In the meantime, anecdotal evidence suggests otherwise: look at the pavement in front of any heavily used bus stop in the city (E Burnside at 12th, for example). The extensive damage you’ll see was caused by vehicles with extremely large tires which produce pressures far less than those developed by the bicycle in your example.

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    • Demian Ebert April 10, 2012 at 10:44 am

      I’ll agree that the contact patch is higher pressure for a bike. However, i don’t believe that translates directly to pavement damage. For example, I could take my mtn bike with 80 psi knobby tires and do a lot less damage over the same fire road than a 4×4 with 32 psi tire pressure.

      There are other factors involved such as tire tread (spiked, knobby, groved, smooth), accelration rates (ever romped hard on the gas pedal on your car?), and total vehicle mass. Not to mention the weather factors (think of those potholes that appear in the roadways after in rains and freezes…not many of those on dedicated bike paths).

      To make a direct comparison we’d need to normalize the data set based on a standard number of vehicle trips (be they cars or bikes) and measured pavement dergedation rates for the two sets of vehicles.

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    • wsbob April 10, 2012 at 11:02 am

      “…Based on weight/contact patch ratios, bicycles do MORE damage to pavement than cars.” RJ

      Based on you calculations, bicycles apply more weight to a given square inch of roadway. From those simple calculations, you’ve proceeded to suggest that sheer weight applied to pavement is the singular contributing factor to pavement damage from vehicles. Maybe that’s true, maybe it’s not. Set up a test and prove it.

      By the way, have you determined how much damage a car of the weight you’ve based your calculations on, actually does cause to the roadway?

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    • Randall S. April 10, 2012 at 11:50 am

      Ten seconds of googling proves you wrong: http://facweb.knowlton.ohio-state.edu/pviton/courses2/crp776/776-roads-handout.pdf

      Most road damage is caused by heavy transport vehicles, namely trucks. The amount of damage trucks cause is exponentially higher; a heavy transport truck does about 665x the damage of a car, yet is not 665x heavier.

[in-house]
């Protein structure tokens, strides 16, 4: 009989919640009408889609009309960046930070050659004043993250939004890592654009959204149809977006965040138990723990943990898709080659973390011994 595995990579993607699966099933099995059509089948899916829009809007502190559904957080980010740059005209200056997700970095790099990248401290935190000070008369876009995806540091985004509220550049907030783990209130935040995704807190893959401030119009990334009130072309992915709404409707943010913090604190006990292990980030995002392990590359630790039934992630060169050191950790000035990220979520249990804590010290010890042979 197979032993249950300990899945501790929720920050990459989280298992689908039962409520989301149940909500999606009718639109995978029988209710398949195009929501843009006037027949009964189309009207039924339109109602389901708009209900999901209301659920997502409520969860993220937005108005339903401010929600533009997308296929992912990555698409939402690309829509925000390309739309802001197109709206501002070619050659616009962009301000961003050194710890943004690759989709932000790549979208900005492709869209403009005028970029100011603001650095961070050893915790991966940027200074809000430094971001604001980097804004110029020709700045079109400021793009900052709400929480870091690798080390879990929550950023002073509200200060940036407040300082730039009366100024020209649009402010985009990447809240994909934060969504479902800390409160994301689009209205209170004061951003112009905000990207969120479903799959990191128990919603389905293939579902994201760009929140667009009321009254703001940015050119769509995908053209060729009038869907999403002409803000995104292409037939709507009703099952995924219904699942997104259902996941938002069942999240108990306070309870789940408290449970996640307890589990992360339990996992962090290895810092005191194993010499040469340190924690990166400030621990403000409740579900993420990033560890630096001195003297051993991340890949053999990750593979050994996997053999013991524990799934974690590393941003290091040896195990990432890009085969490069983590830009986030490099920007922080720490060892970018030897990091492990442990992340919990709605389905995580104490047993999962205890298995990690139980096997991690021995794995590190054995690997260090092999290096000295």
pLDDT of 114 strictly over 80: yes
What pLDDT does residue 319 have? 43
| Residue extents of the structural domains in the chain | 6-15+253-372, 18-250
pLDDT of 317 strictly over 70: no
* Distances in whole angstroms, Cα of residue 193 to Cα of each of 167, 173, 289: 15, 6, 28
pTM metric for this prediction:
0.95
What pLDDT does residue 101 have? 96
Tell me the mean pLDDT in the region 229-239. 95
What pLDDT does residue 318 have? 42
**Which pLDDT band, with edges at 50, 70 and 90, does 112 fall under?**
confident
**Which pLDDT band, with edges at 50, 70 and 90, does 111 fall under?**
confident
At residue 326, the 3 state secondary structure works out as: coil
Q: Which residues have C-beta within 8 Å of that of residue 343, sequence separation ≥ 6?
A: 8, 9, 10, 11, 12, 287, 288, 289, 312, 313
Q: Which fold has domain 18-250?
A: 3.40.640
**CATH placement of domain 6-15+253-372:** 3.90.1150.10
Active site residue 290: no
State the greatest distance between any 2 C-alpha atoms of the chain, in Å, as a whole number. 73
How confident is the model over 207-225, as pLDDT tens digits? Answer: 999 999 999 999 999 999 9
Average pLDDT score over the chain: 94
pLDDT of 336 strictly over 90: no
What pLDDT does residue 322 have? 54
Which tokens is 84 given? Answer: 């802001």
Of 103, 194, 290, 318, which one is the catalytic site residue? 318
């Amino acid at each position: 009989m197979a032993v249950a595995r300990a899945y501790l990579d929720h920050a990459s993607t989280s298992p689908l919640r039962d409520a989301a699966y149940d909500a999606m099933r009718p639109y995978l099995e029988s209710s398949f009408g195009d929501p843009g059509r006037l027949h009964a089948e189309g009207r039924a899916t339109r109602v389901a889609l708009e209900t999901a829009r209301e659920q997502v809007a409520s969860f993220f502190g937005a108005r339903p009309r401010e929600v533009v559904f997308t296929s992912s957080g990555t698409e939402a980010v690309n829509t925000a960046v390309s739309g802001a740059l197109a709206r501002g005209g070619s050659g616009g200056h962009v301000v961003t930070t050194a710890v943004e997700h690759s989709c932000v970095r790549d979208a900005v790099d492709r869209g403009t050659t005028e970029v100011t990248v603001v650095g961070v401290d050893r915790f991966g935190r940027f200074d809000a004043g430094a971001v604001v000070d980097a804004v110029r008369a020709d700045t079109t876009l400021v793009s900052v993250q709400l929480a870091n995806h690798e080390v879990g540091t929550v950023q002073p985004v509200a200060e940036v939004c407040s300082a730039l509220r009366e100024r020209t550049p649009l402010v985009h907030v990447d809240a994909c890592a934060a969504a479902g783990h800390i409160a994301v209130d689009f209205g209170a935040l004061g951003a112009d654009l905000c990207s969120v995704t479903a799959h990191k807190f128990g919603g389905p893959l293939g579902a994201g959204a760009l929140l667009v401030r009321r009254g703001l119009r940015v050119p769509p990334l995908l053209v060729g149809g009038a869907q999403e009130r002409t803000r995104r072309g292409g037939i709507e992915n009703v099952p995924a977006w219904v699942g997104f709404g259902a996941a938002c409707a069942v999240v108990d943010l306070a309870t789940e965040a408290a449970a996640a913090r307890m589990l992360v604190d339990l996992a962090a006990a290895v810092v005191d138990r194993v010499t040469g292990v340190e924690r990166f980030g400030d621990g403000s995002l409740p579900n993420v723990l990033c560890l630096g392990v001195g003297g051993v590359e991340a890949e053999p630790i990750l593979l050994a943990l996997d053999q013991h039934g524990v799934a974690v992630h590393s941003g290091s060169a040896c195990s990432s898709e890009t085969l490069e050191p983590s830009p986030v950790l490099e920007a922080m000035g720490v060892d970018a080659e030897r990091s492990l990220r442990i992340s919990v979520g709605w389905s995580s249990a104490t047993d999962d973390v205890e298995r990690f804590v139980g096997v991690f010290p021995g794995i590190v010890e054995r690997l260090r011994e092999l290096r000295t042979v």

In case the other comments hadn’t already clarified: road wear is not a simple function of tire pressure and weight.

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  • MossHops April 10, 2012 at 10:30 am


    Interesting hypothesis RJ. Let’s test it.

    Let’s both lay on the pavement. I’ll let a bike roll over me, and you let a car roll over you. Let’s see who incurs the greater damage.

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    • Joe April 10, 2012 at 11:09 am

      whoa whoa whoa. You can’t just jump into an experiment like that with so many variables.

      Do you and RJ have the same body fat %? If he has more “padding” then the car may do less damage.

      Similar, but slightly different; are you both the same height lying down? We don’t want the bike to have to “jump” onto you. That may hurt…

      Also, aren’t we assuming that all four wheels of the car are rolling over things? How will this be accomplished?

      Lots of things up in the air on this experiment, but if RJ is right we will make sure to have an ambulance nearby to help you after the massive pressure of the bike rolls over you.

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      • MossHops April 10, 2012 at 11:31 am

        Joe, Good point. My proposed experiment has introduced far too many additional variables. Maybe it’s best for both the car and bike to roll over RJ and compare the damage between the two.

        Wish I didn’t have to say it, but I do. This is obviously all in jest. Just trying to point out that some hypotheticals can be easily disproved through a thought experiment.

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  • mikeybikey April 10, 2012 at 11:27 am

    LOL. I know I haven’t had a Physics lesson in well over a decade but I’m pretty sure that if this were the model we used to compute road damage, then we’d also have to assume a world where cars (and bikes) are unable to accelerate since the only force we are considering in this model is PERPENDICULAR to plane of acceleration/deceleration.